Trader Joe’s Brewed Ginger Beer certainly feels like a manly ginger ale, earning the bold nautical imagery TJ’s throws on the label. It’s so manly, in fact, that I can’t help but think about using it as a mixer in alcoholic drinks. Any ginger soda will work for your Dark and Stormy (dark rum and ginger ale), Moscow Mule (vodka and ginger ale) Horsefeather (whiskey and ginger ale) or Ginger Shandy (beer and ginger ale), however Trader Joe’s Brewed Ginger Beer’s complexity and not-too-sweet delivery is a natural choice for adding extra depth to your drink.
This may not be the most quaffable ginger soda in the world, but if you’re looking for a good ginger beer to savor, or an high-class mixer for your cocktails, it’s tailor made for you.
Would I Recommend It: To certain refined palettes, I wouldn’t hesitate.
Would I Buy It Again: Yeah, along with some more dark rum.
Final Synopsis: A strong, slightly bitter ginger beer with a lot of complexity.
I picked up Trader Joe’s Dark Chocolate Covered Ginger because, well, it sounds kind of terrible. Why would I do that to myself? Perhaps I’m insane. Perhaps. At any rate, I like both dark chocolate and ginger, but taken together they sound a little bit off putting. Both alkaloid rich dark chocolate and intensely strident ginger are strong, acquired tastes that are best used sparingly. So what was TJ thinking when they decided to give us huge globs of dark chocolate, stuffed full of spicy, candied ginger? I can’t begin to imagine, because really, these globs aren’t particularly good.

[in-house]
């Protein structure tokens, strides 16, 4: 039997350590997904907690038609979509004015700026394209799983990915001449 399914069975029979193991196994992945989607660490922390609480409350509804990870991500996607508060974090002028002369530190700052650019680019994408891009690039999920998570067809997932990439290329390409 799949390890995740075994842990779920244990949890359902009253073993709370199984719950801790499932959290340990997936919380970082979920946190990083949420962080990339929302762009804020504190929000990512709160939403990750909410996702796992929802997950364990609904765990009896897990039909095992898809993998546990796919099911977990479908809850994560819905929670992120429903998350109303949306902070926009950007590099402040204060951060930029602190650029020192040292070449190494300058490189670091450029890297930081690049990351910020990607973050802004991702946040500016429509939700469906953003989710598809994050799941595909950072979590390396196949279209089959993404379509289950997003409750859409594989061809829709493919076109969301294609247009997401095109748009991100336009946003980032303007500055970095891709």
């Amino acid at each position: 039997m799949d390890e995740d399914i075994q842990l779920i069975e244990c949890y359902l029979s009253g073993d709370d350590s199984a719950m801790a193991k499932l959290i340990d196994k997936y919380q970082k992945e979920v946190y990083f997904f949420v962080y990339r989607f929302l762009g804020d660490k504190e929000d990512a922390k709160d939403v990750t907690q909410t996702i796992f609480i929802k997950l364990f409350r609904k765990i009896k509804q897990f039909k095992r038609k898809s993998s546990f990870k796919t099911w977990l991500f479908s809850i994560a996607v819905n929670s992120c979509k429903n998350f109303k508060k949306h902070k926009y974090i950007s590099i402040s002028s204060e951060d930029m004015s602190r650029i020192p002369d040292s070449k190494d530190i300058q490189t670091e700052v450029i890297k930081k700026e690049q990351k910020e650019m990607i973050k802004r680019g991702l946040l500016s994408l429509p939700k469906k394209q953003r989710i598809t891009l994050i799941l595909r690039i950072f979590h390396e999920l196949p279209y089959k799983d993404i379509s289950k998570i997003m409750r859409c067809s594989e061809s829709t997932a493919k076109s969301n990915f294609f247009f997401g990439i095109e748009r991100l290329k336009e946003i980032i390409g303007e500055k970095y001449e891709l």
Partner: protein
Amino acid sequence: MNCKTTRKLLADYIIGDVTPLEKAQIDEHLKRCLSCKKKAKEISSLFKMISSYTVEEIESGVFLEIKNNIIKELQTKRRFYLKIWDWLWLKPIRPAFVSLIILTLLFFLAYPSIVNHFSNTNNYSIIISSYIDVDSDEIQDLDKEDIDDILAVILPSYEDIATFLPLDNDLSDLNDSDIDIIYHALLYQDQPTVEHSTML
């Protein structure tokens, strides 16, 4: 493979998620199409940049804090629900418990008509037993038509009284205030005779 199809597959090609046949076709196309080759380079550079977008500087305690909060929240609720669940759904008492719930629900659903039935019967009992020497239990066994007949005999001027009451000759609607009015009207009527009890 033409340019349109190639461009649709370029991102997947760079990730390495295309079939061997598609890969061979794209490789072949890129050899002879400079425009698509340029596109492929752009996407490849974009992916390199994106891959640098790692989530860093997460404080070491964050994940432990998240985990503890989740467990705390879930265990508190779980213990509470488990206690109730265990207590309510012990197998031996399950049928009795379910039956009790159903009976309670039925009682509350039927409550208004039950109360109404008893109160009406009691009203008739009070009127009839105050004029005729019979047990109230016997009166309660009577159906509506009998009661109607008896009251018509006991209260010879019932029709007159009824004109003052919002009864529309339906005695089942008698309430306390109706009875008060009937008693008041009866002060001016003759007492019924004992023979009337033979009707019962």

This is a classic case of what you see is what you get. If you look at these big chunks of dark chocolate and imagine that beneath a thick semi-sweet coating rests a big nugget of ginger you have the right idea. The only real surprise is that the ginger isn’t a solid single chunk, nut a tight wad of small ginger chunks. This is actually a pleasant reveal as I was preparing myself for the teeth gluing, tongue-burning action that a really good sized hunk of crystallized ginger is uniquely capable of delivering
While that isn’t the case here, there is still plenty of ginger in these hefty morsels, and that strong ginger taste simply does not mesh very well with the strident bitterness and subtle sweetness of the dark chocolate. There is a way to enjoy these, but it isn’t by snacking on them. Instead, these fall squarely into he camp of sophisticated thinking-man’s sweets. To enjoy the experience of eating one of these you really need to be thinking about it – thinking about the clash of spicy, sharp ginger with its own crystallized ginger exterior, while simultaneously appreciating that whole clash as it clashes with the bittersweet dark chocolate its enrobed in.
That’s a whole lot of clashing and honestly, in my opinion, it’s not worth it. Yes it’s a novel taste – but not so novel as to make up for all the sugar and fat you’re eating. There are plenty more sophisticated chocolate tastes in the world, such as Trader Joe’s Stone Ground Salt and Pepper Chocolate, and if you’ve got a candied ginger hankering crystallized ginger is pretty good on its own. Combining these two does neither any favors and should probably be relegated tot he dust bin of novel failures, along with Trader Joe’s Dark Chocolate Nibs.
Would I Recommend It: I’d recommend either of these things separately, but not like this.
Would I Buy It Again: Nope. Done with these.
Final Synopsis: Two great tastes that taste confusing and strange together.
Hmmm. Well, this is probably proof that the top brass at Trader Joe’s are devoted followers of this blog. No sooner do I suggest that TJ come up with a few more variations on their new Toasted Coconut Pancale Mix then does this appear on the shelf – Trader Joe’s Gingerbread Pancake Mix. It’s arrived just in time for the holiday festivities, so let’s dive in!